Quite by chance really, in 2006! My wife Jo had often talked of her times at and walking to the schools, not far from where we now stayed when in the Philippines. We decided, on a whim to visit Jo’s old schools, she hadn’t seen them for over 30 years. Jo said they hadn’t changed and, sad to say, I quite believed her. The facilities were appalling, yet the standard of teaching was excellent, and the enthusiasm from the children, absolutely fabulous. You just knew straight away, that something had to be done. When we returned to the UK after that first visit, we started to collect things we thought would be useful, and freighted them out to the Philippines in parcels.
From small beginnings, the project just gained a momentum of its own, thanks to all our friends. We had started by collecting a few things together and sending them in parcels out to the Philippines. Our friends heard about what we were doing and started contributing, first of all more goods for the school, and later with financial support too. The Project grew, as did the amount of freight we were sending out each year and the cost of doing this. Once more our friends rallied round and started to organise fund-raising events, which enable us not only to send goods out, but to start to do building works and repairs while we were out in the Philippines. With this growth came the need to formalise what we were doing legally and our little project became a registered charity (no.1148559).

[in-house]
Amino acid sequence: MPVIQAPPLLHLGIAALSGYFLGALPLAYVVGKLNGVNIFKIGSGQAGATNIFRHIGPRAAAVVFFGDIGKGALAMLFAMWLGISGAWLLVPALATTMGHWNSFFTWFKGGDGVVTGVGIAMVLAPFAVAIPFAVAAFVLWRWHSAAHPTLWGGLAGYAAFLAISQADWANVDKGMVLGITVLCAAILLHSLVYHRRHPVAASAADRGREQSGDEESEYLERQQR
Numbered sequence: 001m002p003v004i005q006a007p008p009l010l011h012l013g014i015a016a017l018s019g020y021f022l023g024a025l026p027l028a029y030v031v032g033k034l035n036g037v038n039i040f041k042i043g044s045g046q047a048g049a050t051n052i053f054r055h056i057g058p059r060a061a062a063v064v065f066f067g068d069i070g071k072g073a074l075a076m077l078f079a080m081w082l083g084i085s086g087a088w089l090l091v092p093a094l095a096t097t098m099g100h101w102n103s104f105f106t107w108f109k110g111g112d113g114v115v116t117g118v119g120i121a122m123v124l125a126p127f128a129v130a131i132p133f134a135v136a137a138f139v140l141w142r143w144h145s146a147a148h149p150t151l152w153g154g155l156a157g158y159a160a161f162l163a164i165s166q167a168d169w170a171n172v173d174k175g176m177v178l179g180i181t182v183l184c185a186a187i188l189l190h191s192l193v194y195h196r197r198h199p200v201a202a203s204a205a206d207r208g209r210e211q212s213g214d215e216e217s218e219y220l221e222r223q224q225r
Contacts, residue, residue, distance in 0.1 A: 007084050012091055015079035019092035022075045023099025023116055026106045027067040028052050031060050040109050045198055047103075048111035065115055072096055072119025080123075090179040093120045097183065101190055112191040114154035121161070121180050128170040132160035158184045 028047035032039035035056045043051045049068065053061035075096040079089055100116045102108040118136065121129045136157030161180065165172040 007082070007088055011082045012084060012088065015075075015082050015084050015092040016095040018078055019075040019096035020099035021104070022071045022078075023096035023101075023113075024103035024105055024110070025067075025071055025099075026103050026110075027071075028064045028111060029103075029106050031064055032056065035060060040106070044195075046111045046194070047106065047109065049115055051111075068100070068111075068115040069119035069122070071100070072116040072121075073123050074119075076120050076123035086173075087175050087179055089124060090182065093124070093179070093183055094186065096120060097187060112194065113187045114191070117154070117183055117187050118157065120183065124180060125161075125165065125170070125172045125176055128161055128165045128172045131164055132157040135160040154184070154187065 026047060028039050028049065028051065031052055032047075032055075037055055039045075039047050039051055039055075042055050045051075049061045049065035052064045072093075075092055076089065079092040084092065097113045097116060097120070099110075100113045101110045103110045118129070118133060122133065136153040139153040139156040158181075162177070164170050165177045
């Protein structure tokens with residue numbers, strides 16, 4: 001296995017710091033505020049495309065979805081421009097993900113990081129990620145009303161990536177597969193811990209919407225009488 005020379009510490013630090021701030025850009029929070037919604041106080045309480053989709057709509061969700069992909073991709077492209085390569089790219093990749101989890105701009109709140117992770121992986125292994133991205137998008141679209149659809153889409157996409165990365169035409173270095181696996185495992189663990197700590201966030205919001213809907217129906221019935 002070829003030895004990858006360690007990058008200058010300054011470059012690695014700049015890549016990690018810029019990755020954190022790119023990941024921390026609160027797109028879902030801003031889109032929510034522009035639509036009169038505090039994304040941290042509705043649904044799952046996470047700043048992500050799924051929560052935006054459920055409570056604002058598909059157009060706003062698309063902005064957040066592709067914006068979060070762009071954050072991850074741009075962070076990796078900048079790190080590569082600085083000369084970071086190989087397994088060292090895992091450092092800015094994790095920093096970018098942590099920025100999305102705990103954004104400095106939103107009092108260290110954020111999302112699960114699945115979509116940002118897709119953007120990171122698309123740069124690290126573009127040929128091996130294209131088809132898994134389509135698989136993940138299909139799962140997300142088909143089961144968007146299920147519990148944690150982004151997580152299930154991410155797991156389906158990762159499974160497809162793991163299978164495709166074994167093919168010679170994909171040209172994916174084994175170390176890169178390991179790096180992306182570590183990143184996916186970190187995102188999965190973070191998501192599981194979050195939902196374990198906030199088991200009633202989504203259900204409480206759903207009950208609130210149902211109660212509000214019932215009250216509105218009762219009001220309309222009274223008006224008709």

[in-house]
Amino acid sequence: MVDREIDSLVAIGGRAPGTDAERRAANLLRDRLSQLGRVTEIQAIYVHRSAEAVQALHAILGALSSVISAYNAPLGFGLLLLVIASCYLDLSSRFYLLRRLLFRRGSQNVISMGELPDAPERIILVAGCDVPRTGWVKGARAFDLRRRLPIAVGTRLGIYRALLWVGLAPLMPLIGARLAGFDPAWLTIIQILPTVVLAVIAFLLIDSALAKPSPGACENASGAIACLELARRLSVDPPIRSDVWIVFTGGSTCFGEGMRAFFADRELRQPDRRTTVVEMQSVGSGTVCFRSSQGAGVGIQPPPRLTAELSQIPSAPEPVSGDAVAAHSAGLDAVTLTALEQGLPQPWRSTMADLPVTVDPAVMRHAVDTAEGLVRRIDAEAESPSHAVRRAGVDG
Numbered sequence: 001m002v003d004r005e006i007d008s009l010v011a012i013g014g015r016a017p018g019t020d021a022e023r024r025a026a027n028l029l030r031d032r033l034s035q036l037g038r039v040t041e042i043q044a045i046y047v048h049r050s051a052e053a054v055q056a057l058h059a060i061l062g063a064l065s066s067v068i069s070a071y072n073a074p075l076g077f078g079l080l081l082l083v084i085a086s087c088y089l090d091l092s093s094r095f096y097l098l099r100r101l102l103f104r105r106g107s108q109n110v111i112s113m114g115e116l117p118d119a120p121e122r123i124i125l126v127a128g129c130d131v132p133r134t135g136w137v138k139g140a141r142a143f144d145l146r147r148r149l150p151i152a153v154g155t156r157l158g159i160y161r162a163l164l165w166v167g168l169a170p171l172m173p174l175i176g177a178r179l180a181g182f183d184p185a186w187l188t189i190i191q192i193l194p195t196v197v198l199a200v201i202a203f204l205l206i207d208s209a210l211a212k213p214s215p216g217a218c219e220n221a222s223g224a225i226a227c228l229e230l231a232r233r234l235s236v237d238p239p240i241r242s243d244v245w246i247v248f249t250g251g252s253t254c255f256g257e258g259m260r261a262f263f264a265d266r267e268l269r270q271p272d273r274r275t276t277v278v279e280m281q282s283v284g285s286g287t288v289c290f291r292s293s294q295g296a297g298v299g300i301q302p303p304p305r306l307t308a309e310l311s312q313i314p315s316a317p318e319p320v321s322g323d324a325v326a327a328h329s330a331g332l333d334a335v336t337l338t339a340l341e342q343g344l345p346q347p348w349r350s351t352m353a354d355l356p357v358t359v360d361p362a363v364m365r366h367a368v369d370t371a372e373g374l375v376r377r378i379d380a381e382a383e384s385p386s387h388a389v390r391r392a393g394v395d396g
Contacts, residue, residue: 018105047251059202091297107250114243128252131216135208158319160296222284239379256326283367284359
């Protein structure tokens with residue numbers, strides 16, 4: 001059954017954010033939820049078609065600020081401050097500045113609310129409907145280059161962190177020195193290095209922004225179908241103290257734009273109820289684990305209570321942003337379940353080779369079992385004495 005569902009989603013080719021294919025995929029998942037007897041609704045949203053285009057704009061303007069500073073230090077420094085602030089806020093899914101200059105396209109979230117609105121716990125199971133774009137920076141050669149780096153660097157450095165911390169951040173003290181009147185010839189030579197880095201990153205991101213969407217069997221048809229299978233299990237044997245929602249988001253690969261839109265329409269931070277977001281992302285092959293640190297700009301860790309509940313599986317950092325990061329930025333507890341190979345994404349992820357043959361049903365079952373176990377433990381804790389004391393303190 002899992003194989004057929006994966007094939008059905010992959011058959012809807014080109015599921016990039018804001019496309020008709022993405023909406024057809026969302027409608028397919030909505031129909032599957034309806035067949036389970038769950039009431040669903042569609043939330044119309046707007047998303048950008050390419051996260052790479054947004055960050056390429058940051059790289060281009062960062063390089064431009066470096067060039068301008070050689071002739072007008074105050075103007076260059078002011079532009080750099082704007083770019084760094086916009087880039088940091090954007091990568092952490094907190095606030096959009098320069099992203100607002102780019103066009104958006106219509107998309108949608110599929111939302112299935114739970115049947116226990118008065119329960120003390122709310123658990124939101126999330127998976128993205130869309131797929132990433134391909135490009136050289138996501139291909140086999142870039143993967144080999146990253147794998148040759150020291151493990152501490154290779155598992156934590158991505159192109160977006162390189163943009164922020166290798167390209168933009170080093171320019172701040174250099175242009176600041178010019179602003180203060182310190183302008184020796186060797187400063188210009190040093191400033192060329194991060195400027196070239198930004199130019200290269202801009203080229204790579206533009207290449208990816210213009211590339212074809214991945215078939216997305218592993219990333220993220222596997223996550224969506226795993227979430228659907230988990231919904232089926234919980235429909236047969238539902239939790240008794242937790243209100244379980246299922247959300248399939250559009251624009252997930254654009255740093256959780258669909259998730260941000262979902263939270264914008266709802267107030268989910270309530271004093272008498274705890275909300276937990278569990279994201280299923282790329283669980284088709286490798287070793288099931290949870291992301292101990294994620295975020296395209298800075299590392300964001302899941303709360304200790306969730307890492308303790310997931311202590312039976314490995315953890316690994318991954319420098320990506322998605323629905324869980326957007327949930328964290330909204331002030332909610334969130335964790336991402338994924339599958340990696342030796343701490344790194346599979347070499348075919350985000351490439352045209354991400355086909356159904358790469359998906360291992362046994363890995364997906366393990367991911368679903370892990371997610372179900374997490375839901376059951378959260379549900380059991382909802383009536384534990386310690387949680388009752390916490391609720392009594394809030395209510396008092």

On the following pages, we'll tell you a little more and the story picture books chart our progress as we increased our activities for the two local schools. There was never a plan, or a goal, never a desire to be considered as benefactors or philanthropists. It was really the generosity of our friends in England, the racers and musicians we knew who offered help in many forms. Some gave cash, others their old computer. Paper, pencils, old clothes. The Project just grew, as our dining room turned into a store cupboard. To all those that have helped with the Project, what can I say? Without you, it would never have happened. Thank you is hardly enough.